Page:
June 12, 2013 in Current Affairs, Law & Business, Law & Society | Permalink | Comments (0) | TrackBack (0)

Ethics Complaint Dismissal Affirmed

The South Carolina Supreme Court affirmed the dismissal on an action seeking declaration that Governor Nikki Haley committed ethics violations while serving as a member of the state House of Representatives.

A circuit court had dismissed the action (brought by an individual) for lack of jurisdiction. The court here agreed, concluding that the "House Ethics Committee has exclusive jurisdiction to hear complaints of ethics violations against its own mwmbers."

The House Ethics Committee entertained and dismissed the same complaints after the circuit court dismissed this case.  (Mike Frisch)

June 12, 2013 | Permalink | Comments (0) | TrackBack (0)

Tuesday, June 11, 2013

Bar Prosecution Prohibited

The West Virginia Supreme Court of Appeals granted as moulded a writ of prohibition brought by an attorney seeking to prevent disciplinary authorities from pursuing an ethics complaint against him.

The attorney was the Kanawha County Prosecuting Attorney at the time of an investigation into a series of "sniper" homicides. When he left and entered practice, he was retained by a client to pursue a claim for damages in the execution of a related warrant.

The defendants in the civil action filed a motion to disqualify. The motion was denied as the judge found that the two representions were not substantially related.

The court here held that the disposition of the disqualification motion did not preclude a disciplinary action:

Because circuit courts have no authority to impose disciplinary sanctions upon attorneys, their decisions on motions to disqualify based on alleged conflicts of interest are not dispositive with regard to whether disciplinary action is required.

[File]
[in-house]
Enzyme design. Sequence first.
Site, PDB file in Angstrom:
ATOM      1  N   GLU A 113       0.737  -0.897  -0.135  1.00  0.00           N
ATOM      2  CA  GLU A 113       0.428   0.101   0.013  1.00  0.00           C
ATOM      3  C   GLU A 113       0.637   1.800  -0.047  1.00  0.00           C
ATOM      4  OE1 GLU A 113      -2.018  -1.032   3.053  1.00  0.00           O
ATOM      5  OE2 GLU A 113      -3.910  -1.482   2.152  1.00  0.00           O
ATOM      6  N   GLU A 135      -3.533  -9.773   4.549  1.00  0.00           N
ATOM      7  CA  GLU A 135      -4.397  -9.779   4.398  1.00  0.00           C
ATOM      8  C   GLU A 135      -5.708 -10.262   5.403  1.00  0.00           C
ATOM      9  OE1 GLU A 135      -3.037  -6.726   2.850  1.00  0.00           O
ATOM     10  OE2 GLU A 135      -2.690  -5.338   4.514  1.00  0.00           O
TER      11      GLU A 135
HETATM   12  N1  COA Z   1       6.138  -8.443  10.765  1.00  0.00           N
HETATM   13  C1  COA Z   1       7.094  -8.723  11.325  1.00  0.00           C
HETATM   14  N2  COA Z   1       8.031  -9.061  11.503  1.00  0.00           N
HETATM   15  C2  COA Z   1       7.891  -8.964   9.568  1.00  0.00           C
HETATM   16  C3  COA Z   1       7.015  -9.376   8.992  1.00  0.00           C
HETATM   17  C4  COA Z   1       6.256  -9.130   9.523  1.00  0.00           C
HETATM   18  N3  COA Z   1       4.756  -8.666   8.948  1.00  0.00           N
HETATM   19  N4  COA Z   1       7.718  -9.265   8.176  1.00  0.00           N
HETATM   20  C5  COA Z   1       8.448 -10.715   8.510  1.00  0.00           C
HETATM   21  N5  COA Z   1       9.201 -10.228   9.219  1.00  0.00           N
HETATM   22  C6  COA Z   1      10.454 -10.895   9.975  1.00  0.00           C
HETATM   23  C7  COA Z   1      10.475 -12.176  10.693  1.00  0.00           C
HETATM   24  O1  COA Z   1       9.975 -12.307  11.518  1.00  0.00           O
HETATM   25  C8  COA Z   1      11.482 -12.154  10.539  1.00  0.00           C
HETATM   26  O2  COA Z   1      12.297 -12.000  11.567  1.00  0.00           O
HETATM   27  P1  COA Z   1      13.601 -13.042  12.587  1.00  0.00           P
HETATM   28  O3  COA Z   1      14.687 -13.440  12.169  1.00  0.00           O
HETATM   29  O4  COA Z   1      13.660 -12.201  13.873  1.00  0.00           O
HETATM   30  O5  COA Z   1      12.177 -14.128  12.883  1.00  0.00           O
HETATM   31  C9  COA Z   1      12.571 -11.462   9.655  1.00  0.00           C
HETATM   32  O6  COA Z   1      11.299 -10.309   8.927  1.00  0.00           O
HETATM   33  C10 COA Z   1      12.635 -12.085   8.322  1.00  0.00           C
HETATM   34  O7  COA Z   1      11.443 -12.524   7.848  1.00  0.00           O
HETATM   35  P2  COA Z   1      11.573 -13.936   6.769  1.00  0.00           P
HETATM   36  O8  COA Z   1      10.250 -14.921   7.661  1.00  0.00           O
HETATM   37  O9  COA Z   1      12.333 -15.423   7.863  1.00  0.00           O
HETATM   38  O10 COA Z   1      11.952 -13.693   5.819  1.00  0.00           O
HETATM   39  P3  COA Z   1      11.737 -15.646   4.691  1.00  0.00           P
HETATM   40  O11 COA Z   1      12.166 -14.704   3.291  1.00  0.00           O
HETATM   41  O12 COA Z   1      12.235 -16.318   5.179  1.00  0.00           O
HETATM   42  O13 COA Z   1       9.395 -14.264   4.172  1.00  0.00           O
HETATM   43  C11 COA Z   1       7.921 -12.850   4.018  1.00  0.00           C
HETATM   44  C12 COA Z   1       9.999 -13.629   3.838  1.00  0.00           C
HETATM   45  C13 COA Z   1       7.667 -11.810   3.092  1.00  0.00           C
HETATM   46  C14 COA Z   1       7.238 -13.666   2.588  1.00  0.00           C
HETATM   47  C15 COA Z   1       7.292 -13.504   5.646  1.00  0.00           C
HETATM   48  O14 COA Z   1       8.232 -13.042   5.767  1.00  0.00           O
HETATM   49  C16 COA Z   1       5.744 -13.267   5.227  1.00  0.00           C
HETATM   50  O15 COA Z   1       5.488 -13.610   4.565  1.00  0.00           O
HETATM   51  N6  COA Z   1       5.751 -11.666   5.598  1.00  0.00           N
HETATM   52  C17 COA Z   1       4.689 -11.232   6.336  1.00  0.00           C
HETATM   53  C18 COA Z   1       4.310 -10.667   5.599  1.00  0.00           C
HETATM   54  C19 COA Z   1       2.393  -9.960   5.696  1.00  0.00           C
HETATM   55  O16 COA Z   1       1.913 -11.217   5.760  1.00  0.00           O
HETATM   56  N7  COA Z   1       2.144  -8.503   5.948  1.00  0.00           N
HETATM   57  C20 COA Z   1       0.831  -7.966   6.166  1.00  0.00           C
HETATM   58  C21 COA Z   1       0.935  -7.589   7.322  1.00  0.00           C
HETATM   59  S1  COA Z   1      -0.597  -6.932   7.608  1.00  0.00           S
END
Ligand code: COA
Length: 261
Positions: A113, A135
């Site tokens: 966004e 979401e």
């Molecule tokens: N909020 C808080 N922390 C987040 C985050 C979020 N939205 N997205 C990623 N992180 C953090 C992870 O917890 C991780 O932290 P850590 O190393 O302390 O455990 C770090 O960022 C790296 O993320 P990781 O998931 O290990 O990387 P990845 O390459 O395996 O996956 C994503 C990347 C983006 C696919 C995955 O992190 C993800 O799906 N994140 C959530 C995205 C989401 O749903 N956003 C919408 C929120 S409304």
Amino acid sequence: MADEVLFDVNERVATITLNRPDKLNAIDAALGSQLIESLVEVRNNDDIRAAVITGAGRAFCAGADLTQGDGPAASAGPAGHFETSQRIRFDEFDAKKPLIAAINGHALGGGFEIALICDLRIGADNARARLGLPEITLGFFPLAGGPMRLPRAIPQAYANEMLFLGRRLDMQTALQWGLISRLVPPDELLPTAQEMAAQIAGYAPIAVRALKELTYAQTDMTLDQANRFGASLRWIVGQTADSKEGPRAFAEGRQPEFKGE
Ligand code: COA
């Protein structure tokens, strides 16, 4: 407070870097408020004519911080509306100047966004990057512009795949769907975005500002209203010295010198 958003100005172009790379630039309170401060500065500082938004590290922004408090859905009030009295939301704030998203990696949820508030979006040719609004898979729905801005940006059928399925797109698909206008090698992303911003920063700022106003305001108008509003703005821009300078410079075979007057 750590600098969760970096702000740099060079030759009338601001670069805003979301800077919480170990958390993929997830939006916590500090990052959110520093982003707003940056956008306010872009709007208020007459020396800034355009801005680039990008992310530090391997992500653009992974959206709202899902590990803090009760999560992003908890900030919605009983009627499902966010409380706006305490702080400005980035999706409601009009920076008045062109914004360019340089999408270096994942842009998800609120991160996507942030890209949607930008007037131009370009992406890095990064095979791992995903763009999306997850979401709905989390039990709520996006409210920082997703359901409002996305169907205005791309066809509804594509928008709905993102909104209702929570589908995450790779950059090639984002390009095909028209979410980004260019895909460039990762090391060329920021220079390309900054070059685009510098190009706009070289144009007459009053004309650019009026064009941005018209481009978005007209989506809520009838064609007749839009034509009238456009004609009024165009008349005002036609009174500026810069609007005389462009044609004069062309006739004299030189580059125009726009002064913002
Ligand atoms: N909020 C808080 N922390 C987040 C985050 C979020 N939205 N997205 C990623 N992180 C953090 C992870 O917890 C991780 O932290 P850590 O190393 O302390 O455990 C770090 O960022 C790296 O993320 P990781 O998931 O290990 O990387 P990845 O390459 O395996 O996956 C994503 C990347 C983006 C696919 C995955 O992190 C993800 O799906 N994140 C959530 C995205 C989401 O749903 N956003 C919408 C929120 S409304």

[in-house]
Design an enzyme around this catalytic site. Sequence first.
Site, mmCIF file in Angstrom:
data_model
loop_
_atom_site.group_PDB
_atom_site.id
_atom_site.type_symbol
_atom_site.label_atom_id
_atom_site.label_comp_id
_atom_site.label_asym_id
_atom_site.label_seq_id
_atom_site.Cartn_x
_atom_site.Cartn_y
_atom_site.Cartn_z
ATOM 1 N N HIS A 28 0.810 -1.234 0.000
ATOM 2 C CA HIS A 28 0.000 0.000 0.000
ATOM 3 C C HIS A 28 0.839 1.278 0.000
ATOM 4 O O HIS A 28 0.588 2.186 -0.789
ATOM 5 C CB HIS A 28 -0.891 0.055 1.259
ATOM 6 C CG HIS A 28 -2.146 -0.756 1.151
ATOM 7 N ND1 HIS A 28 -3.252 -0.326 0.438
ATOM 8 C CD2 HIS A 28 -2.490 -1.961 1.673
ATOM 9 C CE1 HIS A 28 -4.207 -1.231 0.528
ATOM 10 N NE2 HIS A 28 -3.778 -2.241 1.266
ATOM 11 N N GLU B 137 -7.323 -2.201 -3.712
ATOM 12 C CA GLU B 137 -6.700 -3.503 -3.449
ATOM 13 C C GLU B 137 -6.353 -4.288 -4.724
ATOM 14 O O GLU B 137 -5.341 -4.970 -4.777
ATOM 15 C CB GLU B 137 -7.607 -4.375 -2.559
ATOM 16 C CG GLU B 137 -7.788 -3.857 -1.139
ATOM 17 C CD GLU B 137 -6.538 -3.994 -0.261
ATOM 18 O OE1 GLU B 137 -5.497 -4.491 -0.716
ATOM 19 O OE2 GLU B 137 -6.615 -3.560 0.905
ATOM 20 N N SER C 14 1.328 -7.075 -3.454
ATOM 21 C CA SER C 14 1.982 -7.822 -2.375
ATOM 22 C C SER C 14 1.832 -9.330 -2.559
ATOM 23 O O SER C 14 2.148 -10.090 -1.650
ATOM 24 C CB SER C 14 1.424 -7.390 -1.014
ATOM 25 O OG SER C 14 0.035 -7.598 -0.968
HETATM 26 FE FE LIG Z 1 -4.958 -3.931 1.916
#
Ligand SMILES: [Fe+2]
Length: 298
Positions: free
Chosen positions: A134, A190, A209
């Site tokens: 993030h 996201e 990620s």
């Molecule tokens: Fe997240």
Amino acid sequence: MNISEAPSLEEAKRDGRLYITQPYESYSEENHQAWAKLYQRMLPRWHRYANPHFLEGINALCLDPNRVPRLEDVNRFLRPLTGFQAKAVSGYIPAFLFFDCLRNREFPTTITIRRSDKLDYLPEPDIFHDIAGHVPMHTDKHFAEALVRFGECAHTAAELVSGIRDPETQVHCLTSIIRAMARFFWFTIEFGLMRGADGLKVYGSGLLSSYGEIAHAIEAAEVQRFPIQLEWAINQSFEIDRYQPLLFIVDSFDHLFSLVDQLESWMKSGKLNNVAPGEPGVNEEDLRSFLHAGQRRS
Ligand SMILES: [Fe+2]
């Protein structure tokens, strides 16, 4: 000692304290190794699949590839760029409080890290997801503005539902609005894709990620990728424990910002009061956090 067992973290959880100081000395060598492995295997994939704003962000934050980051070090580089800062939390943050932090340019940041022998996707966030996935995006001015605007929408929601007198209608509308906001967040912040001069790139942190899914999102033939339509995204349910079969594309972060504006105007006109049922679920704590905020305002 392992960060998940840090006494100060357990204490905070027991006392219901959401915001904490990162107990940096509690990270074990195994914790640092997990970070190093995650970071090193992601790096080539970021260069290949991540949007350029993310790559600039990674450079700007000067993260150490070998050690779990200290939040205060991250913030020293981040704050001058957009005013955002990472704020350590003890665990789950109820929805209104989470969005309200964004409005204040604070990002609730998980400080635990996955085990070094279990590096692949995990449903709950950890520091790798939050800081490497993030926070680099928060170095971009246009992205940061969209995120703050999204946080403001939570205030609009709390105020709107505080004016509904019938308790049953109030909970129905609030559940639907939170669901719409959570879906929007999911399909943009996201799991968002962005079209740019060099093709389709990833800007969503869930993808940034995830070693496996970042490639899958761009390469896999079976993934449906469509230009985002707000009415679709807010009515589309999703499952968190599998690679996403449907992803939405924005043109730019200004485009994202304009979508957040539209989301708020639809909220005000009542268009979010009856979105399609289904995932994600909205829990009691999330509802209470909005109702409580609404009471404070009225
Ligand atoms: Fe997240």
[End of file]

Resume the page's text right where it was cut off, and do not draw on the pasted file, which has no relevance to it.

The court nonetheless concluded that "sanctions are not warranted in this instance." The facts were not in dispute and:

Allowing the respondents to proceed when the charges are wiithout merit would needlessly duplicate the efforts and costs of the parties and would not promote judicial economy.

The court analysed the evidence and found no violation of Rules 1.9 and 1.11. Because the "clients" of the prosecuting attorney are the People of West Virginia, the defendants in the civil action (the City of Charleston and others) were not his former clients.

I do not recall a prior instance where a state high court has prohibited a bar prosecution rather than reviewed findings made in the normal course of disciplinary proceedings. (Mike Frisch)

June 11, 2013 in Bar Discipline & Process | Permalink | Comments (0) | TrackBack (0)

Monday, June 10, 2013

The Ring

An Arizona attorney has consented to disbarment in the wake of his guilty plea to criminal charges.

Huffpost Miami had details:

Kim Rothstein's former attorney pleaded guilty Wednesday to conspiring to help her hide more than $1 million in jewelry from federal authorities.

Scott Saidel took off his designer eyeglasses and bowed his head after admitting his role in the doomed scheme put together after the Ponzi scheme of Kim's husband, Scott Rothstein, spectacularly collapsed.

Saidel, Kim Rothstein and one of Kim Rothstein's friends hid the jewels, including a 12-carat diamond ring, from the federal government, attempting to secretly sell the pieces, according to Saidel's plea agreement. Saidel also acknowledged they plotted to persuade the imprisoned Scott Rothstein to lie under oath about the ring's whereabouts.

Saidel faces up to five years in prison when he is sentenced June 7 for conspiring to commit money laundering, obstruct justice and tamper with a witness. Kim Rothstein and her friend, Stacie Weisman, are set to enter their own guilty pleas in the case Friday afternoon at the federal courthouse in Fort Lauderdale.